Veterans Affairs hospitals won’t know until later this month whether they’ll see further delays in the department’s electronic medical records overhaul, a massive multi-year project hounded by questions of feasibility and cost.

On Wednesday, VA Secretary Denis McDonough announced that officials had finished their three-month review of the $16 billion records program confirming “systemic failures” in the roll out of the effort so far.

“We’re very close to finalizing the next steps, including changes to the deployment effort to ensure that we come in on time, on budget and, most importantly, provide the best care for our veterans and the best experience for providers,” he said.

Those plans were expected to be announced on Wednesday, but McDonough said staff needs a few more weeks to make recommendations and changes. He informed lawmakers of the additional delay earlier this week and expects a public announcement in mid-July.

That likely means a delay of deploying the records system to the Columbus, Ohio, VA medical center. Work there was supposed to begin later this month.

While not announcing an official delay, McDonough noted that work is not likely to begin immediately after the new roll-out plan is unveiled.

The strategic review was launched in March, just a few weeks after the Government Accountability Office recommended postponing further expansion of the records project until lingering issues with the system were resolved.

GAO researchers noted that as of last fall, “VA was at risk of deploying a system that did not perform as intended and could negatively impact the likelihood of its successful adoption.”

The 10-year health records project — heavily touted by former President Donald Trump’s administration as a transformation effort for VA — is designed to bring veterans and military medical software into alignment, allowing for lifelong medical records for troops and veterans.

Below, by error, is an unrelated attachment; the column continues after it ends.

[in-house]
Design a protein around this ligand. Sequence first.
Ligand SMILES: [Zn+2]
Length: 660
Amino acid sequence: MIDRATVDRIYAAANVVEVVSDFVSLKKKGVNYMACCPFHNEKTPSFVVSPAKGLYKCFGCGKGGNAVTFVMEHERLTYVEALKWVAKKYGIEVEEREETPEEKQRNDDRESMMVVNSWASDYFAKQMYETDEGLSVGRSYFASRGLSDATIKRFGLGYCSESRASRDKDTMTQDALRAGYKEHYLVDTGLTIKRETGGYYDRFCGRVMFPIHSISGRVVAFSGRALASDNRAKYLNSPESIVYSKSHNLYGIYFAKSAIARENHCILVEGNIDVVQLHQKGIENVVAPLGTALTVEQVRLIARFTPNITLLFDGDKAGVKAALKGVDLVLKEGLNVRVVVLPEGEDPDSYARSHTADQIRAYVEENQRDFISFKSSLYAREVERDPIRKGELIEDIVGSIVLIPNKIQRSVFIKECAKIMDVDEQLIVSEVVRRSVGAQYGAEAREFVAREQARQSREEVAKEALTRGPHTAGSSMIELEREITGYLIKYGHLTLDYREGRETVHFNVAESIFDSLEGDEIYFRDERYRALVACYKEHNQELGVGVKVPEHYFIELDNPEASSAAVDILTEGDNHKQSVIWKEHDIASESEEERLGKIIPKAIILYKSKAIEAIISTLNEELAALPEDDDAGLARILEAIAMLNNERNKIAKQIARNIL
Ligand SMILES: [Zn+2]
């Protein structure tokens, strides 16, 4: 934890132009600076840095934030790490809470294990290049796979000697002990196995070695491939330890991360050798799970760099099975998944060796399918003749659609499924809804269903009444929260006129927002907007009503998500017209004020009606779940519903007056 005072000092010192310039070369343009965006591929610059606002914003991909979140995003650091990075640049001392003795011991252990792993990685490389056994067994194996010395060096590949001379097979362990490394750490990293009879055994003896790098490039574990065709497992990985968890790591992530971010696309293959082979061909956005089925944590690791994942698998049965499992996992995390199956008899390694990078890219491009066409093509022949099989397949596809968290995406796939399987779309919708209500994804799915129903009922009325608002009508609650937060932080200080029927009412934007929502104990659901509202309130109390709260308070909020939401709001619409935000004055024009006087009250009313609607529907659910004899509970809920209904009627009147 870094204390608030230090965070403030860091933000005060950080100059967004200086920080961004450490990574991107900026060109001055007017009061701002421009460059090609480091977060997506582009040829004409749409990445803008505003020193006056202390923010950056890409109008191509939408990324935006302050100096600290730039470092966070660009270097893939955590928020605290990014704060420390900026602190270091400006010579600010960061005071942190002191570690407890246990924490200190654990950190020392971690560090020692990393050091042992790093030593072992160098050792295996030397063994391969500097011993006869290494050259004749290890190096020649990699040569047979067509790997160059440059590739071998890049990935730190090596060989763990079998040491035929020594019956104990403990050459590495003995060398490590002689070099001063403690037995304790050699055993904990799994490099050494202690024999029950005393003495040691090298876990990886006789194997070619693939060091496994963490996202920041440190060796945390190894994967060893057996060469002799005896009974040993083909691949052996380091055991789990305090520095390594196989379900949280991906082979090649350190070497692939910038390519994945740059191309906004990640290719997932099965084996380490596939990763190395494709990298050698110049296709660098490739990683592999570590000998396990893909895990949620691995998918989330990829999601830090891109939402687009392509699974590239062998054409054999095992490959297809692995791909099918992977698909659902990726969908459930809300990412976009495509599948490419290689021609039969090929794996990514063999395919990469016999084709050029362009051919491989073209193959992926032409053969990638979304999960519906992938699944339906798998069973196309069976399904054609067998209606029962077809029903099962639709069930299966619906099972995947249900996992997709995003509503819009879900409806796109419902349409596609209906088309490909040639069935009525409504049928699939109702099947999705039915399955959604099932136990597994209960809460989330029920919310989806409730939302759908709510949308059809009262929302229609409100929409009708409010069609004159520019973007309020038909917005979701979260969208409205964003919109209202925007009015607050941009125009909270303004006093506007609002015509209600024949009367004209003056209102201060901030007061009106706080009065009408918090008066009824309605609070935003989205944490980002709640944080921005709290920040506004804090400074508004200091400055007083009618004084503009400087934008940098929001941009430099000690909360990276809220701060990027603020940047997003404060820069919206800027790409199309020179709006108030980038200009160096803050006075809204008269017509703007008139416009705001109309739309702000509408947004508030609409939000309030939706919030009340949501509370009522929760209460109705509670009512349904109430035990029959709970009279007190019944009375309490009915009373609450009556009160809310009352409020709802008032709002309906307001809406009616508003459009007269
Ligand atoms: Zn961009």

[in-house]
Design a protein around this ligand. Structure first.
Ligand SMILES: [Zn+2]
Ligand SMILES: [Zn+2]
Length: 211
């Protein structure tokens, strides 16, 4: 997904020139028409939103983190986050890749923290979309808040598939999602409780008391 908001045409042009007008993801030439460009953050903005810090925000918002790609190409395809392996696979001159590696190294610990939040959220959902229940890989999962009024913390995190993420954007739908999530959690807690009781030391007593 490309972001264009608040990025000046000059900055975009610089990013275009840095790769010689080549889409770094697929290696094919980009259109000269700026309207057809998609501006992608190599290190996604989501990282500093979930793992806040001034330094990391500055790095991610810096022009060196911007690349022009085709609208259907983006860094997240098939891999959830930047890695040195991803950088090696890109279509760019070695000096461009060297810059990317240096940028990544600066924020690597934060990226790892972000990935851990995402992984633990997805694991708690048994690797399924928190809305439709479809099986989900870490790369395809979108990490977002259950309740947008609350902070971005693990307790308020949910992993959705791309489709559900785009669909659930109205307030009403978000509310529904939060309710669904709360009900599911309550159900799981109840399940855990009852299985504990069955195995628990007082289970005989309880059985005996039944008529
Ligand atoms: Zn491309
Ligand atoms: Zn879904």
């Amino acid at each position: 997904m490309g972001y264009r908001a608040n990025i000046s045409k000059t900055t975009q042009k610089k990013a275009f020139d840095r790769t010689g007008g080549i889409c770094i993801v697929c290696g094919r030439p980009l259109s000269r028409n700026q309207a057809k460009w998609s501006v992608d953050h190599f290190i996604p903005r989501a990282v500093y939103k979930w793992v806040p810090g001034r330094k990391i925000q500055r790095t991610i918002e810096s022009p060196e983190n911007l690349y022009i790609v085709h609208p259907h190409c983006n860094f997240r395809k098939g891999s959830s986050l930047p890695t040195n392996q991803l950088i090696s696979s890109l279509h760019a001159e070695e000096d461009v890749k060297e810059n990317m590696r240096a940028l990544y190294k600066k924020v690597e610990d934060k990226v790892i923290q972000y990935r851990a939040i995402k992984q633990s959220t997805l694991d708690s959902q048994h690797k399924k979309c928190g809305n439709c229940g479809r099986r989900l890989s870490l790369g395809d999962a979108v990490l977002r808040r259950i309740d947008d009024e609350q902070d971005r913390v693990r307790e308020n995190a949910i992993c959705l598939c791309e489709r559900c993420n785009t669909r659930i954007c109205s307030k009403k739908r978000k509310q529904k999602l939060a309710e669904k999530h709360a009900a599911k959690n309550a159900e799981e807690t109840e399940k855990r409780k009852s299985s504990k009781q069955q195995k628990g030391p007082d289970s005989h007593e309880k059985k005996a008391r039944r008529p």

But deployment of the software has had a difficult start, with multiple delays in the initial site introductions of the records and numerous concerns raised by staff tasked with integrating the unfamiliar files and formats into their medical care plans.

McDonough said the review has shown the need for different approaches, but also emphasized that officials aren’t considering abandoning the records system, developed by Cerner, in favor of reverting to older options.

“We’re going to stick with this technology,” he said. “We support the decision to go with that.”

VA officials have already moved more than 24 million veteran health records into the new system. All VA facilities were expected to be using the system by the end of 2028. Whether that timeline will change with the new recommendations is unclear.

House appropriators earmarked $2.6 billion for the continued implementation of the electronic records system in their draft budget for VA released last week, about $26 million less than what the White House requested.

Appropriators said the money would “allow for intensive staff training, critical to the success of the effort” but the funding would also be tied to “GAO oversight of this program, to ensure that the EHR system is implemented in a timely manner.”

In a statement Wednesday, House Veterans’ Affairs Committee ranking member Mike Bost, R-Ill., praised VA for stepping back to evaluate the work so far, but said improvements must be made.

Going forward, VA must demonstrate to Congress and veterans that this review was successful, and those problems are fixed,” he said. “Adjusting the organizational chart is not enough. The electronic health record must improve. We also expect transparency and reliability in the schedule and cost estimate.”

Leo covers Congress, Veterans Affairs and the White House for Military Times. He has covered Washington, D.C. since 2004, focusing on military personnel and veterans policies. His work has earned numerous honors, including a 2009 Polk award, a 2010 National Headliner Award, the IAVA Leadership in Journalism award and the VFW News Media award.

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